This is not a story about how I made Hoppin’ John on Saturday. This is not a story about good luck and cornbread and spreading the American gospel. This is not a story about watching people set off fireworks out of wine bottles of the stroke of midnight, 2012.
This is a story about how my cooking education apparently has a HUGE hole in it, and that hole is called “meat.” I blame all my vegan and veg friends.
I’ve been in France for more than three months and my search for a ham hock was only my second trip to a butchery. Even though I looked up the appropriate words beforehand, I still stumbled through the transaction blushing like a schoolgirl. No, only veal shank. No, only pork ribs. By the time I found what I was looking for in butcher shop no. 3, I realized it wasn’t my French that was killing me, but my confusion and uncertainty among the different cuts of meat and other products.
The counter is so long, and packed tightly. Some of the cuts of meat still look like animals, and some just look bloody. Dried sausages hanging like batons from the ceiling, turkeys with their heads folded neatly across their backs, a wide selection of patés, bright red slabs of veal and rolls of beef tied with strings into Michelin-man form. I am a noob about all of them, and clearly need to spend more time admiring meat charts. To make my meat journey even more confusing, French cuts of meat are slightly different from an American or English cut. The hock, which I looked up on Food Network, is made of the lowest part of a pig leg. Mine was not smoked, but sitting in a basin raw with a couple of buddies. It must have also come of the king of pigs, because I had to ask the butcher to cut it in thirds to get a piece that would fit in with the black eyed peas.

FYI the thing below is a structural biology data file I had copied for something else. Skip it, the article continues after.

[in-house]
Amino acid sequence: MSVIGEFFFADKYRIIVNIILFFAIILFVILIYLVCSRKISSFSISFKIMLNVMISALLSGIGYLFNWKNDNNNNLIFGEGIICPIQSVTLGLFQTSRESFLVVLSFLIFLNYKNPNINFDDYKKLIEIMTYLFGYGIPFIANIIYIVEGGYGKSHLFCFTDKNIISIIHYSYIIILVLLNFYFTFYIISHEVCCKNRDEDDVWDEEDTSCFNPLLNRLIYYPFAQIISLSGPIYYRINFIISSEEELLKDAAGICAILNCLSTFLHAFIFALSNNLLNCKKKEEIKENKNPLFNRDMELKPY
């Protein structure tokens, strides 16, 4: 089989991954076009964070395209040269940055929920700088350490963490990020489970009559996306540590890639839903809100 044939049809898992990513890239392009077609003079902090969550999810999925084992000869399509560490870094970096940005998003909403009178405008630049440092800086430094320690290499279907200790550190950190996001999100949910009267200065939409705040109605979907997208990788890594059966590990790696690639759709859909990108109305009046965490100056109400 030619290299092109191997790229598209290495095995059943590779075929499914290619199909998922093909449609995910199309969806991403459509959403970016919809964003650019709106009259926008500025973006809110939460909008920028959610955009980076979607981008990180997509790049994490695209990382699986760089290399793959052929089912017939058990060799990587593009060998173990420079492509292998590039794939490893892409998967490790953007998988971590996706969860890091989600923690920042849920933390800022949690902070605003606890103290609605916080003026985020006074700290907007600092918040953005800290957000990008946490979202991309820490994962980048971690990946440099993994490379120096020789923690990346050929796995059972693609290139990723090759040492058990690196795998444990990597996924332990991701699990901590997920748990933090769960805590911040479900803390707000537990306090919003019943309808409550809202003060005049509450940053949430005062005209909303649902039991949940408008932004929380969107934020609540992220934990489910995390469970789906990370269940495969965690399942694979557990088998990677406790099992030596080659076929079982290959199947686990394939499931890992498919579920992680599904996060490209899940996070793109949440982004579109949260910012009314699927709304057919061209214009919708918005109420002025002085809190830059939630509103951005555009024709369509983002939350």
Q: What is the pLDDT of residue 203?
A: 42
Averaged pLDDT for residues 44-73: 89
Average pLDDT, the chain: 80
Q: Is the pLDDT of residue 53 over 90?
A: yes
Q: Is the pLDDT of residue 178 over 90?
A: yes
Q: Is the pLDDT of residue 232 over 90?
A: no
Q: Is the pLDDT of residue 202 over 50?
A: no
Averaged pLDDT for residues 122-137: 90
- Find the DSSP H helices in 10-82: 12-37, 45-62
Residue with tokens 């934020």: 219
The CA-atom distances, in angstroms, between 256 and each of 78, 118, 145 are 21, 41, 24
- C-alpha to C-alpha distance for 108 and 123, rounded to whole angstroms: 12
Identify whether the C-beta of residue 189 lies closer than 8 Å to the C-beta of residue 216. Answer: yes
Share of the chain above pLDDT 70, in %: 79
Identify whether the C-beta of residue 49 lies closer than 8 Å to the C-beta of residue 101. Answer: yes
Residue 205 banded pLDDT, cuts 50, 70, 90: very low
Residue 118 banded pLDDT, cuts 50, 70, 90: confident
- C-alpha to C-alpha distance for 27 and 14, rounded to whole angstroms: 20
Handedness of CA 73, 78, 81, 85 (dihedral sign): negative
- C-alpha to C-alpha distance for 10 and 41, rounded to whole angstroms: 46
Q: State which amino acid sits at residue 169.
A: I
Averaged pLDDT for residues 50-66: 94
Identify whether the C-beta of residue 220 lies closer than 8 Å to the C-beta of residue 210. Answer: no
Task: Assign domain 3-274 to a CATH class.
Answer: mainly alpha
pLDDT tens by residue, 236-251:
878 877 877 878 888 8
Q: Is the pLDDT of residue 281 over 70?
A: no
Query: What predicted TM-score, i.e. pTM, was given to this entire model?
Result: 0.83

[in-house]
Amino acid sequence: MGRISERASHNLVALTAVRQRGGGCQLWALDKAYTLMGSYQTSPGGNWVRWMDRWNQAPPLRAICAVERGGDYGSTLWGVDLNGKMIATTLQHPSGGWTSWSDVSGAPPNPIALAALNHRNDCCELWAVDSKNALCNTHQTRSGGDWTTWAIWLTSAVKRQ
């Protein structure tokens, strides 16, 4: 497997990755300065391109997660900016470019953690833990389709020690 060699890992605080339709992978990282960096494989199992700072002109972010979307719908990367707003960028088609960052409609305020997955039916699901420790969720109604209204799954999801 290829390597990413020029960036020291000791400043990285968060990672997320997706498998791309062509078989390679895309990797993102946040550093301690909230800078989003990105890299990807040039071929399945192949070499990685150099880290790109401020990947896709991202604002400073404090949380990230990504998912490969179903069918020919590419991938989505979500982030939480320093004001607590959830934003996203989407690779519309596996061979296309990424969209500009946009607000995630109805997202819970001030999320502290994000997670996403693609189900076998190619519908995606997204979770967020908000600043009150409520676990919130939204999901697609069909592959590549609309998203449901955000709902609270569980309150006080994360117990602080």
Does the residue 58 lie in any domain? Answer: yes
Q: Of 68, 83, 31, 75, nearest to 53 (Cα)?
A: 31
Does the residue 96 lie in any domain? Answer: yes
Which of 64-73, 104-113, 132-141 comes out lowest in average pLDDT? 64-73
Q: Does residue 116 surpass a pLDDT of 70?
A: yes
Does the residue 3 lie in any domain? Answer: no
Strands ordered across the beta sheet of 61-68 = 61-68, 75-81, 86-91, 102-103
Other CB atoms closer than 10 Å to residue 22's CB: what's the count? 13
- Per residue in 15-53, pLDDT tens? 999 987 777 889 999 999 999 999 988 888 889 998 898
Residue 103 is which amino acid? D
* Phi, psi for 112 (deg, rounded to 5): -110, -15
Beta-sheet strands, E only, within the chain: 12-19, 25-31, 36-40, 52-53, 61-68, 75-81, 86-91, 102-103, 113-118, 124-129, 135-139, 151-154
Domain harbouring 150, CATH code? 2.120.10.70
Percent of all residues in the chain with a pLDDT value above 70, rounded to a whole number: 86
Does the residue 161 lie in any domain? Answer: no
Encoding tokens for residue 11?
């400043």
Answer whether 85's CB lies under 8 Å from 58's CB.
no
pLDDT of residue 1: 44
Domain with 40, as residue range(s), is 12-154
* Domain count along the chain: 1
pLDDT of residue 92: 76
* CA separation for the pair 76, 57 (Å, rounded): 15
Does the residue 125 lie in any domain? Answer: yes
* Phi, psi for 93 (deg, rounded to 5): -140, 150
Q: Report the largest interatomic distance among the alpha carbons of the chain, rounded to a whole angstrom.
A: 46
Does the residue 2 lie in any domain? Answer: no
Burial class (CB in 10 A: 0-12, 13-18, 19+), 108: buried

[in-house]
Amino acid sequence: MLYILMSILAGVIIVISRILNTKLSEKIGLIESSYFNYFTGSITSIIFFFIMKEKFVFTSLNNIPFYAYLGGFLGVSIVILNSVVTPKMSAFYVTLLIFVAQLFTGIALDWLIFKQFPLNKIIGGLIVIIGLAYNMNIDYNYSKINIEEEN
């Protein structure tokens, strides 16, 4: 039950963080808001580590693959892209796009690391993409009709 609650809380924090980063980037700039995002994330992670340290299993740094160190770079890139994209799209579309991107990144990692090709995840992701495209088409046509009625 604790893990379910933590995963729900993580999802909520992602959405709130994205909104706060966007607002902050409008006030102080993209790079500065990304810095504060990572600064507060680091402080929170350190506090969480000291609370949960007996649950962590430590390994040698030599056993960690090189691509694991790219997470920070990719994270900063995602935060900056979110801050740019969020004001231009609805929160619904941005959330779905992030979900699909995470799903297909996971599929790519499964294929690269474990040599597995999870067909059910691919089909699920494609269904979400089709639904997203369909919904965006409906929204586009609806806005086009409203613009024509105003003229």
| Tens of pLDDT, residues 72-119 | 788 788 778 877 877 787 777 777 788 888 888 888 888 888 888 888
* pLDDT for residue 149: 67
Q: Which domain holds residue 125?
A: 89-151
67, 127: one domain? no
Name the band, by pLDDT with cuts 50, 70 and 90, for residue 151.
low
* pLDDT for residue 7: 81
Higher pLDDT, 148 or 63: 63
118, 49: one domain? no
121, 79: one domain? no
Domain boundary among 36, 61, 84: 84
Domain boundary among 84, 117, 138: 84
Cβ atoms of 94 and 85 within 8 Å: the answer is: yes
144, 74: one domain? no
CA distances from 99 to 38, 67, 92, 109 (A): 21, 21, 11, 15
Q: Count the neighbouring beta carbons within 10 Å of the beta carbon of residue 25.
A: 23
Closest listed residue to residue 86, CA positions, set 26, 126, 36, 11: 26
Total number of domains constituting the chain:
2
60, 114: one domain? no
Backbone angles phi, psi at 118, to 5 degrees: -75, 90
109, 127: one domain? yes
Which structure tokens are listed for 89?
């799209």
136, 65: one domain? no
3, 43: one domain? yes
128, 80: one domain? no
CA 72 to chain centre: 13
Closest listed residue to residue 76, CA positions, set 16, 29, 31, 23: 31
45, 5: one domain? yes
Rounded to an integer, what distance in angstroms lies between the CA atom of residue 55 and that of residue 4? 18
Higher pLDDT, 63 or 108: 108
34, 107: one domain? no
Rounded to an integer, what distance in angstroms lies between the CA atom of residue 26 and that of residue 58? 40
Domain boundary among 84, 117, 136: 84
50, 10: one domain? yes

While the butcher was very nice, next time I will make sure to just go to Kneuss & Fils, the biggest butchery I’ve seen in all of Epinal. I’ve been in Payless shoe stores smaller than this place. And maybe I should buy a meat book to go along with my growing cheese compilation.